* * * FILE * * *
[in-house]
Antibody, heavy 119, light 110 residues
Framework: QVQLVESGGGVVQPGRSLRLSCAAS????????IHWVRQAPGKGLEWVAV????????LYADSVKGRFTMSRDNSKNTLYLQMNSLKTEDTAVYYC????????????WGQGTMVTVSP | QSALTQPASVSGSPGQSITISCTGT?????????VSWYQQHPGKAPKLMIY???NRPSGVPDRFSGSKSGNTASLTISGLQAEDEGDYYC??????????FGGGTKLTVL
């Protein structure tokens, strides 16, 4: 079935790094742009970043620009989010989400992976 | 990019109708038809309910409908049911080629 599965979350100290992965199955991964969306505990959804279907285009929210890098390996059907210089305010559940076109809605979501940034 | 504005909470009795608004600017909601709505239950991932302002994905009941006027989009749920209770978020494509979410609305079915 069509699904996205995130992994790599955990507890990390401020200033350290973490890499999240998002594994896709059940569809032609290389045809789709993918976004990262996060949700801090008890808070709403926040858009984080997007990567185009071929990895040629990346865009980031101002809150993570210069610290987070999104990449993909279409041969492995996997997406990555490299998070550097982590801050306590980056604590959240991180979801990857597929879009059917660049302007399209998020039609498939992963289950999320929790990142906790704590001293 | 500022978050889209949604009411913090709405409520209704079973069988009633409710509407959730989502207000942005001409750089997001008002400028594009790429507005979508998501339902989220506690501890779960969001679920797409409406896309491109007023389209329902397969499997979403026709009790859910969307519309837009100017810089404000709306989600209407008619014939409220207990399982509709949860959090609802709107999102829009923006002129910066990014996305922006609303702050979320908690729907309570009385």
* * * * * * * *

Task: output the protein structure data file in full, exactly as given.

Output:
[in-house]
Antibody, heavy 119, light 110 residues
Framework: QVQLVESGGGVVQPGRSLRLSCAAS????????IHWVRQAPGKGLEWVAV????????LYADSVKGRFTMSRDNSKNTLYLQMNSLKTEDTAVYYC????????????WGQGTMVTVSP | QSALTQPASVSGSPGQSITISCTGT?????????VSWYQQHPGKAPKLMIY???NRPSGVPDRFSGSKSGNTASLTISGLQAEDEGDYYC??????????FGGGTKLTVL
């Protein structure tokens, strides 16, 4: 079935790094742009970043620009989010989400992976 | 990019109708038809309910409908049911080629 599965979350100290992965199955991964969306505990959804279907285009929210890098390996059907210089305010559940076109809605979501940034 | 504005909470009795608004600017909601709505239950991932302002994905009941006027989009749920209770978020494509979410609305079915 069509699904996205995130992994790599955990507890990390401020200033350290973490890499999240998002594994896709059940569809032609290389045809789709993918976004990262996060949700801090008890808070709403926040858009984080997007990567185009071929990895040629990346865009980031101002809150993570210069610290987070999104990449993909279409041969492995996997997406990555490299998070550097982590801050306590980056604590959240991180979801990857597929879009059917660049302007399209998020039609498939992963289950999320929790990142906790704590001293 | 500022978050889209949604009411913090709405409520209704079973069988009633409710509407959730989502207000942005001409750089997001008002400028594009790429507005979508998501339902989220506690501890779960969001679920797409409406896309491109007023389209329902397969499997979403026709009790859910969307519309837009100017810089404000709306989600209407008619014939409220207990399982509709949860959090609802709107999102829009923006002129910066990014996305922006609303702050979320908690729907309570009385």